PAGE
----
First and foremost, the best thing you can do is consult your veterinarian. Your dog may or may not need medical help, but the safest thing to do is take him/her to the vet and see. If there is a need for medicine, it can take a couple weeks for the medicine to take effect. Ultimately, it is up to you to modify behaviors to get them to relax and not react to environmental situations.
If possible, try to avoid letting your dog be exposed to dark rooms. Anxious dogs will try and escape and generally look for dark rooms such as a closet. This isn’t an ideal place for them, so try and keep these rooms closed so they are in a well-lit room. Attempt to spot the signs of an oncoming anxiety attack so you may prevent it from happening. If your dog knows how to sit and stay, nuances like these can help reinforce positive reactions to their perceived “negative” environments.
Set up safe places for your dog to go to. This should only be used for when your dog is feeling anxious NEVER used for punishment. Crates can be effective for anxious dogs but only if used a positive, comfy place. Dog beds in corners, special blankets placed on sofas that your dog can jump on, are all great options.
7 Natural Remedies for Anxious Dogs
If you prefer to stray away from medical solutions for your dog, there are ways to get past that.Mother Nature Network put together a list of 7 natural remedies that could be the perfect solution for you:
Exercise - Just as exercise is a great stress reliever for humans, so it is for dogs. Exercise accomplishes a couple of things when helping a dog deal with anxiety. First, it stimulates the production of serotonin, that feel-good chemical that we humans also get when we work out or go for a hike. Second, it gets rid of pent-up energy and tension that can exacerbate anxiety.
Distraction - If your dog is nervous because of certain situations, such as fireworks or thunderstorms, or even is nervous about being in a crowd, then distraction can work wonders. Engaging your dog's brain in work will help him focus on you and things he knows, rather than on the unknown around him that's frightening him. While it isn't the time to begin new training, it is a great time to practice tricks your dog knows and can earn rewards for. Try rewarding your dog with treats for simple commands like sit, stand, lie down, shake, sit up, roll over and other tricks he enjoys
Thundershirt - The Thundershirt is a popular solution for dog anxiety. It is a tightly fitting garment that wraps around your dog. The idea is that the feeling of continuous pressure can help calm a dog's nerves for things like travel anxiety and, as the name implies, noise anxiety among other issues. However, there isn't much definitive science-based evidence to show that these actually work.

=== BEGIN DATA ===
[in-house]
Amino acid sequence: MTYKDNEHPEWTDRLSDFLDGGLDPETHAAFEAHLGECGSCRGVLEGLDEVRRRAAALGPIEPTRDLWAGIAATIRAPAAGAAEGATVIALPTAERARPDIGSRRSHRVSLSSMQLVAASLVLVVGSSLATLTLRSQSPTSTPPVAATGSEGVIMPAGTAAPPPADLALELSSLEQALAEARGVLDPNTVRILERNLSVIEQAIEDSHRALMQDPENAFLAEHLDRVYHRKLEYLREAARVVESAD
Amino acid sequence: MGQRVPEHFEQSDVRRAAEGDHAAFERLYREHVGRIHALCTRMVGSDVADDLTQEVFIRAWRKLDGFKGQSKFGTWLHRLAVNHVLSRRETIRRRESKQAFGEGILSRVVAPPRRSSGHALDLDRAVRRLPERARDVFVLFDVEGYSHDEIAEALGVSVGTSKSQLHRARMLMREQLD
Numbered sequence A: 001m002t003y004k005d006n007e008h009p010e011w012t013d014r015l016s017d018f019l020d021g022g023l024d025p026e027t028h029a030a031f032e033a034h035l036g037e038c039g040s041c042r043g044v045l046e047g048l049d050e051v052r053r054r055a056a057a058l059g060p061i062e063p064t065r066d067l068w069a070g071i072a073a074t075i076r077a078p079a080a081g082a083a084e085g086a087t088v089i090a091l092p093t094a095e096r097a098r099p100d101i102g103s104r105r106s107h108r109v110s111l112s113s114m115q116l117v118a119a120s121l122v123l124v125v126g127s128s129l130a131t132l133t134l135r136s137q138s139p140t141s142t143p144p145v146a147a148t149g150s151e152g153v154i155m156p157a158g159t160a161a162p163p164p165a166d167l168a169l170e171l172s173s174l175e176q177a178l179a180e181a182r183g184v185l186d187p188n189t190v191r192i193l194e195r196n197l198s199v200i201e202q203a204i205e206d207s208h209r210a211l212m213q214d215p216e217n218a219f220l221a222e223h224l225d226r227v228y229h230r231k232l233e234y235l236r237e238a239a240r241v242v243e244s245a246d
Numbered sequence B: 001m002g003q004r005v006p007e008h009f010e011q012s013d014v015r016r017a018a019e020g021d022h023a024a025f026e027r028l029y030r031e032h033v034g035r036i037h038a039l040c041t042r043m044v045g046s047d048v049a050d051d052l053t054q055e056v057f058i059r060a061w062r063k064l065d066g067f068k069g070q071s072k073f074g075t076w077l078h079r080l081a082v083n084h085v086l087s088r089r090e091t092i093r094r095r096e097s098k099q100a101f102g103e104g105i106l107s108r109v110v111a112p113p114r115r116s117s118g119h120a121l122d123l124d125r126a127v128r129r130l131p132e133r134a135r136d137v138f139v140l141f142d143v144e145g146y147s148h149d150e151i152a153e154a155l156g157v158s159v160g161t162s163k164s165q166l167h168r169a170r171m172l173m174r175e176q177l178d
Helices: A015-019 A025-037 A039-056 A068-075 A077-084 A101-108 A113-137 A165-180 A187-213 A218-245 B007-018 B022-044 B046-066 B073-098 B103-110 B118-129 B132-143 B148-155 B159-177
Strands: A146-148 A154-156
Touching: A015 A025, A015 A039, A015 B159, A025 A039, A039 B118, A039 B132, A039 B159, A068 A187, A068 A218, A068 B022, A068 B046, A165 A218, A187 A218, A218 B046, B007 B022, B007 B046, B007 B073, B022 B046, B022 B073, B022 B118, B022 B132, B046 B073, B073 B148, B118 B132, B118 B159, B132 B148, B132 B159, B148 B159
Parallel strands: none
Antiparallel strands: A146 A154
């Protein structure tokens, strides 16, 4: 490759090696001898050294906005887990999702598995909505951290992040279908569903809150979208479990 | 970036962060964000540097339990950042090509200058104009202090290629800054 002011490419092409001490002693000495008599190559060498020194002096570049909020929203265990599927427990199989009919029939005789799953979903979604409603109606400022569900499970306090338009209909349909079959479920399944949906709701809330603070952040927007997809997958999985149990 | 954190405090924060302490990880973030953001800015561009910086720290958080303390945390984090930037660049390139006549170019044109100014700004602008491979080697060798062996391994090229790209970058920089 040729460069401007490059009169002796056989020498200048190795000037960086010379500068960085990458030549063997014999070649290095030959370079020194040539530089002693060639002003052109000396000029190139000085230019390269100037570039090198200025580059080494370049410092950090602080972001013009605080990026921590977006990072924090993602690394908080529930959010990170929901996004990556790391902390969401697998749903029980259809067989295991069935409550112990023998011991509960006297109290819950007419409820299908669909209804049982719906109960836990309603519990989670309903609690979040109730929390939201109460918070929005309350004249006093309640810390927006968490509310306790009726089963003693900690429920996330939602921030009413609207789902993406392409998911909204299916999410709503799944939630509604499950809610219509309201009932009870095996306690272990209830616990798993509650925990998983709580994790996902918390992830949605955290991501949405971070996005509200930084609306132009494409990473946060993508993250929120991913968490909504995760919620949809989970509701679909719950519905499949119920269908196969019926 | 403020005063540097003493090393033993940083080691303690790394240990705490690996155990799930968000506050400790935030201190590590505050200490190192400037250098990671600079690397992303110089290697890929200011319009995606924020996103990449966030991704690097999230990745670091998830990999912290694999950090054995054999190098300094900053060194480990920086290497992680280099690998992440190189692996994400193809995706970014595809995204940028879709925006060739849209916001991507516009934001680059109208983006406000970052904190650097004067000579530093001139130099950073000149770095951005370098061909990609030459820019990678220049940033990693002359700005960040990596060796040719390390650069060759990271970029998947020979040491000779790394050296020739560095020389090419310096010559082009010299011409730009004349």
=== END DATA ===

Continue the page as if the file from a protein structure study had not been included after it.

Massage - Everyone loves a good massage, and the same can be said for our pets. Massages can help to calm anxiety in dogs by using long, slow strokes so soothe the nerves. A popular dog massage method is calledTTouch, created by Linda Tellington-Jones. It is "a method based on circular movements of the fingers and hands all over the body. The intent of the TTouch is to activate the function of the cells and awaken cellular intelligence."
Dog Appeasing Pheromone(DAP) - Scents can also help calm a dog's anxiety, and DAP is a popular option. It is a synthetic chemical that is based on a hormone produced by lactating female dogs that help keep her puppies calm and increase their bond with her. While scientific studies have shown that DAP does work with puppies, it isn't as clear if it works with anxious adult dogs. Even so, there is the possibility that it can help, and it can be one of several tools used to help an anxious dog. It come as a plug-in diffuser with vials that last about 30 days, and humans aren't able to smell it.
Dog-Calming Music - Humans aren't the only species that can be calmed by soothing music, it can also help anxiety in dogs. Many owners leave a television or radio on when they leave the house to help a dog feel comforted. But there is also specialized music that one can play to help particularly anxious dogs.Through a Dog's Ear is a selection of music specifically aimed at calming nervous dogs. The website states, "The overarching psychoacoustic theory informing Through a Dog’s Ear is summed up in just two words —simple sound. This term refers to the process of minimizing intricate auditory information found in most music.
Rescue Remedy and Rescue - Though we are aiming for natural solutions you can do yourself or pick up at the pet store, you'll still want to consult your vet before trying supplements, even natural ones. That said, Rescue Remedy is a popular solution for those leaning toward herbal supplements to treat anxiety. Rescue Remedy is a mix of natural herb and flower extracts that can calm the nerves.
It can be scary dealing with anxious behaviors in your dog and not knowing what is going on or how you can fix it. Anxiety in dogs is a common problem, is very serious and should be handled appropriately. We hope this tips helped you better understand your dog's anxiety and that you seek the right actions to help him/her. If you have any additional tips please feel free to comment below or shout us out on social media! Have a pawesome day!